Monday, June 30, 2014

27 Days Until San Francisco

The Hills of San Francisco are teeth waiting to chew me up and spit me out. 

It’s the last day of June and there are only 27 days until the San Francisco Marathon.  I’m not in an ideal spot to run that race.  I think that with my body type and previous wear and tear on my body, I can’t train in a way where I will ever feel comfortable walking into a marathon.  That’s ok, though.  I’ve run one, I can run another. 

Last year in September, I wasn’t feeling great about where my training for NYC was.  I had just run the 5th Avenue Mile race and was thinking I wouldn’t be ready for November.  The race isn’t really conducive to marathon training.  It’s only a mile, making it the shortest race on most people’s calendars, and isn’t really a run, it’s a sprint.  It’s the one race where everyone puts the pedal to the floor to see how fast they can really go.  I ran as hard as I could and didn’t stop running for the whole race.  The police did not make me wait while cars and pedestrians crossed 5th to get to Central Park.  Then we went to brunch.

I knew what my time was, 10:29, and thought it was pretty good although I didn’t hit the mark that I wanted, which was a sub 10 minute mile.  It wasn’t until later on when my perspective on the marathon changed.  I searched for my time for the 5th Avenue Mile the previous year.  12:53.  Lots of walking.  Every tourist and cab driver crossed my face while I waited at the cross-walk pretending to be outraged.  Then we went to brunch.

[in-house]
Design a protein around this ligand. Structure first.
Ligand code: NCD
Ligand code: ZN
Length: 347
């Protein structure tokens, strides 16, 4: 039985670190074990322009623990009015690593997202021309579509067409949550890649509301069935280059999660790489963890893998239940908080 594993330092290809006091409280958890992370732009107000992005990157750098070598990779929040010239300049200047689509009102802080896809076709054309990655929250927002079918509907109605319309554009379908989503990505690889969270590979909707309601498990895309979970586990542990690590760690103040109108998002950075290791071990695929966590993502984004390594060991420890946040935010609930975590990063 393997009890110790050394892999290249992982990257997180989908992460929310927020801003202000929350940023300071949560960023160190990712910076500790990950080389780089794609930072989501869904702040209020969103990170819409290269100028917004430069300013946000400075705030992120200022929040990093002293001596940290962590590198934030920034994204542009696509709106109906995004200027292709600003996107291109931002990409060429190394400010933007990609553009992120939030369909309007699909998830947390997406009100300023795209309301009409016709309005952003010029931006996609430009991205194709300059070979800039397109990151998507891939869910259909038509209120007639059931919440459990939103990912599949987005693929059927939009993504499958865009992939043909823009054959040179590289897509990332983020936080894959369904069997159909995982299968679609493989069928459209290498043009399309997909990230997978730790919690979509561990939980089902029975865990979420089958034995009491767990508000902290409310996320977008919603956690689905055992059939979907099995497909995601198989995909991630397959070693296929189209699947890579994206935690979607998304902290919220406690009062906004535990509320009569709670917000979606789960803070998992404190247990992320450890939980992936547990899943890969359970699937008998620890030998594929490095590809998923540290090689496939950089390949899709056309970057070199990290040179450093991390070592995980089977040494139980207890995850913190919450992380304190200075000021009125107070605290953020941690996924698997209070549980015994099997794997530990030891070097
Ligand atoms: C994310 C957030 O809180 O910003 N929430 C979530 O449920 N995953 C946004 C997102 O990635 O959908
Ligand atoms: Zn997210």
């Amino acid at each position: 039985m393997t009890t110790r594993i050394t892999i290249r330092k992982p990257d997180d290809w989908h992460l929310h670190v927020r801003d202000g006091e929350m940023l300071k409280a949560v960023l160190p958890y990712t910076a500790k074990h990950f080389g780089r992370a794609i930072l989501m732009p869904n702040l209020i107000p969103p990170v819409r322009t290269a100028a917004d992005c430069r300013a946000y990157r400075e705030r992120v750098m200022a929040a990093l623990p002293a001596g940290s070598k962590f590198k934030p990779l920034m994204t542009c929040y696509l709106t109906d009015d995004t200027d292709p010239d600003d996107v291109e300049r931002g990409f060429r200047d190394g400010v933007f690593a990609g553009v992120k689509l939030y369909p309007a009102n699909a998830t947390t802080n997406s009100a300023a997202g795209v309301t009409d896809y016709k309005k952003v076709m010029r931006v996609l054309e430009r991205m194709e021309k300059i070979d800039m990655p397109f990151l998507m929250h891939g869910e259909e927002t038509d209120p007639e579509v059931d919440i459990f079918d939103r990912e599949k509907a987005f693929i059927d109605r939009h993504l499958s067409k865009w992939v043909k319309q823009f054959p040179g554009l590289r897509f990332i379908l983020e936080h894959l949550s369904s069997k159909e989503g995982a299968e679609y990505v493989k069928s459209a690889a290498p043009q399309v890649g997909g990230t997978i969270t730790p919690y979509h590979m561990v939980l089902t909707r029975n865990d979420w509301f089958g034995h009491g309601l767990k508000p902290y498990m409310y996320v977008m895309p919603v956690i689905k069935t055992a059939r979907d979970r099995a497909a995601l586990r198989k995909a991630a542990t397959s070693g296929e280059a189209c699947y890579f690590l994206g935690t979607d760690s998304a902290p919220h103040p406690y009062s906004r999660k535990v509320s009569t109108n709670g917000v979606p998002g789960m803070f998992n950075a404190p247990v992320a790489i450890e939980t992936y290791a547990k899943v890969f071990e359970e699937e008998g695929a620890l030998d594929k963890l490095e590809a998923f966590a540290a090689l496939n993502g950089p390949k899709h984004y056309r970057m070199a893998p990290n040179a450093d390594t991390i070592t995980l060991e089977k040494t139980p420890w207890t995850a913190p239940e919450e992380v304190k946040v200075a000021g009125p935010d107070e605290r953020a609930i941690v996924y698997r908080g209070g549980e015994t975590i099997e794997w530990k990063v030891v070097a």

I did the math quickly and realized that I had shaved over two minutes and twenty seconds of my time.  I may not have been exactly where I wanted to be but I couldn’t overlook how far I had come.  Even though it wasn’t perfect, my training was working. 

I looked back at my last month of training and am somewhat disappointed with my results.  Looking at my calendar, I’ve averaged three workouts per week.  At first thought, that sucks.  On the other hand, there have been months where I haven’t worked out 3 times that month.  The good parts: in terms of racing, I’ve logged almost 30 miles this month.  I’ve logged a few hours on the elliptical and a few more on the bike.   The jogging path alongside the Bronx River Parkway is becoming my friend again.  The best part is that the knee pain that I’ve been experiencing has gone away and I’m only experiencing what I’ve come to understand as normal knee pain for a dude of my size. 

Here’s a brief recap of my last three races: